COVID-19 death rates higher among Native Americans: CDC

American Indian and Alaskan Native people were nearly twice as likely to die from COVID-19 compared to non-Hispanic whites, according to the CDC's Morbidity and Mortality Weekly Report published Dec. 11. 

The CDC evaluated data collected between July 22 and Sept. 3 from 14 states and found the age-adjusted AI/AN population's mortality rate was 1.8 times higher than whites with COVID-19. That rate translates to 55.8 deaths per 100,000 compared to 30.3 deaths per 100,000 in AI/ANs and whites, respectively.

Additionally, AI/AN people who died from COVID-19 were younger, with 35 percent of deaths occurring in people younger than 60, compared to just six percent among white people. In both groups, mortality increased with age and was higher among men. COVID-19 mortality rates among AI/AN people were 10.5, 11.6 and 8.2 times those of whites among people aged 20-29, 30-39 and 40-49, respectively.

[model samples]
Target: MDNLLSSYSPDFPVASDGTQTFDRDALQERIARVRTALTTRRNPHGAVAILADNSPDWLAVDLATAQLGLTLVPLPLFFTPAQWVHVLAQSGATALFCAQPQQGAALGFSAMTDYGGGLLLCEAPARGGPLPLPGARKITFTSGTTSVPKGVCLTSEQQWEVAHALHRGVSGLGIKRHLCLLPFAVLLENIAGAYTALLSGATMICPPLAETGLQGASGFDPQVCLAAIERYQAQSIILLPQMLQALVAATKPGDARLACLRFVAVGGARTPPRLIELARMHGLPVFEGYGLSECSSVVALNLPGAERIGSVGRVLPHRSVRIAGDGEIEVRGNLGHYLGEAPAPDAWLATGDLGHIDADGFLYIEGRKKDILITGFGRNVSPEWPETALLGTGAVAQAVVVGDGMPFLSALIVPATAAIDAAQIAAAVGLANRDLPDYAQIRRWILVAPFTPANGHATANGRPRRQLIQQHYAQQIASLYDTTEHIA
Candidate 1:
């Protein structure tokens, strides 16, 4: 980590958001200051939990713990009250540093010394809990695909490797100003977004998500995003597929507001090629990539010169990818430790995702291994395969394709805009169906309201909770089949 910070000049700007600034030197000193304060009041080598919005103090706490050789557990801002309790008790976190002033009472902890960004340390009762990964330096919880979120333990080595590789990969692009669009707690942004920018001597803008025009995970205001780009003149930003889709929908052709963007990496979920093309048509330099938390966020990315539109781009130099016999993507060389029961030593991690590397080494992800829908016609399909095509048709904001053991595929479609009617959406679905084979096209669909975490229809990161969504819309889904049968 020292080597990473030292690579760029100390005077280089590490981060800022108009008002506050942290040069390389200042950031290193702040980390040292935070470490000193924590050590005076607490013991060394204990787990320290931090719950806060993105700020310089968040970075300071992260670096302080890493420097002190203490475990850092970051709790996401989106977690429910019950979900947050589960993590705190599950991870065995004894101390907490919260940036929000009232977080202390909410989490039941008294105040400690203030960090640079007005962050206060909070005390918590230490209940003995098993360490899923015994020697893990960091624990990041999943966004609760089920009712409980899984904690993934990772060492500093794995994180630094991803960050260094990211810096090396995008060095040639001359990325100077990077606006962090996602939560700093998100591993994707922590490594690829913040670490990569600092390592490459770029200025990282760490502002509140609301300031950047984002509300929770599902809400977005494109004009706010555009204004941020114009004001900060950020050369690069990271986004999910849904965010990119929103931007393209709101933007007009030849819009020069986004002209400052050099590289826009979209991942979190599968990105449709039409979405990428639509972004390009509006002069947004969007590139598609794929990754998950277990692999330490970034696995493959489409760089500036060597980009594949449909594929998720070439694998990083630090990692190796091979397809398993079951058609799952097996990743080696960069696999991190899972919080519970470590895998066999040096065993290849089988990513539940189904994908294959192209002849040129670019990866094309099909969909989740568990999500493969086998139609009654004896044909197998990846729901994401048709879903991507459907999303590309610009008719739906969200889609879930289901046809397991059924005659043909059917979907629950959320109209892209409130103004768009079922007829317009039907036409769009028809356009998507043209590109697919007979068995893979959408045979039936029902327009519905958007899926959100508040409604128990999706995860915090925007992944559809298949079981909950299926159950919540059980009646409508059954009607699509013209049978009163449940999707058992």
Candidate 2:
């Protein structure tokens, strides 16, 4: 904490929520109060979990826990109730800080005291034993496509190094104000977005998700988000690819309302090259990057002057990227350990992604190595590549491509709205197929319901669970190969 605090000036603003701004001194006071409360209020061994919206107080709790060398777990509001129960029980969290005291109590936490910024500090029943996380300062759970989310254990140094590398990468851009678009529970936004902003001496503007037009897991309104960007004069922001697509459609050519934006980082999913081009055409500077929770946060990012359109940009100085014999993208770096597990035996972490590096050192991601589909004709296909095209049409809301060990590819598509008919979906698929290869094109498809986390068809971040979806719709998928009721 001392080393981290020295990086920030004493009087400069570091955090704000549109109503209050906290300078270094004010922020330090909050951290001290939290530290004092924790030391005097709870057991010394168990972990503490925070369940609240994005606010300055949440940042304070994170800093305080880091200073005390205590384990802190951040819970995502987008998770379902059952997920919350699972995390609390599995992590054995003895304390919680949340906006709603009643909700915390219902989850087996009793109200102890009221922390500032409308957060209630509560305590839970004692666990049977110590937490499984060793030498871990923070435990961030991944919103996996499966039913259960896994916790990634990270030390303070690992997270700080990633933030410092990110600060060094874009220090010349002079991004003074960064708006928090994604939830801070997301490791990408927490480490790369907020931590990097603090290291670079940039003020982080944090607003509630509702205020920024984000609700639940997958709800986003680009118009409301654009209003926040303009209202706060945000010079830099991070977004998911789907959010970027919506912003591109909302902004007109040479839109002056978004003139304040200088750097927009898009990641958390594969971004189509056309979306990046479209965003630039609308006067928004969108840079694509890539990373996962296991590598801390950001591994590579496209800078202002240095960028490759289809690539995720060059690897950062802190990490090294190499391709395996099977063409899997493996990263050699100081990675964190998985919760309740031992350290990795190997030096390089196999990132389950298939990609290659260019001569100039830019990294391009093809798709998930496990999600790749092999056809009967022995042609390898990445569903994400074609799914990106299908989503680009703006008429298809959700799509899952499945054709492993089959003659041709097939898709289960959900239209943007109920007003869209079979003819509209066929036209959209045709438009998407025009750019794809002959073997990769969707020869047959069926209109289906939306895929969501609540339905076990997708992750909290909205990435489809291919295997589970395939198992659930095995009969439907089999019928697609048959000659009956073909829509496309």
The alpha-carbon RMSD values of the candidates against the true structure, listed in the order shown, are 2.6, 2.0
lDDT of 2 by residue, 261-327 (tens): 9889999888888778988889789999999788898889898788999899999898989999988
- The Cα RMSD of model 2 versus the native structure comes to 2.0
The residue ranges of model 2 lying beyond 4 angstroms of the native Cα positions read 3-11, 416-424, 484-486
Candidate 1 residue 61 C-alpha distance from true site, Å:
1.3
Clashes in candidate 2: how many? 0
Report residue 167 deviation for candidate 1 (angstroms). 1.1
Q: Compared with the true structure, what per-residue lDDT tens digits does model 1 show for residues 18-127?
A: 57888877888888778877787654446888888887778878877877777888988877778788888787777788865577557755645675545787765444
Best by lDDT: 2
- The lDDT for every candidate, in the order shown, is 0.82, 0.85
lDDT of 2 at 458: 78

A total of 2,689 COVID-19 related deaths have been reported among AI/AN people as of Dec. 2 in the U.S. Previous studies indicate the AI/AN population faced similar disproportionate mortality rates during the 2009 influenza pandemic. 

"Long-standing inequities in public funding; infrastructure; and access to healthcare, education, stable housing, healthy foods and insurance coverage have contributed to health disparities that put indigenous peoples at higher risk for severe COVID-19-associated illness," the report said. 

Public health agencies should work with tribes to address these disparities and develop strategies that would improve health outcomes, the CDC said. 

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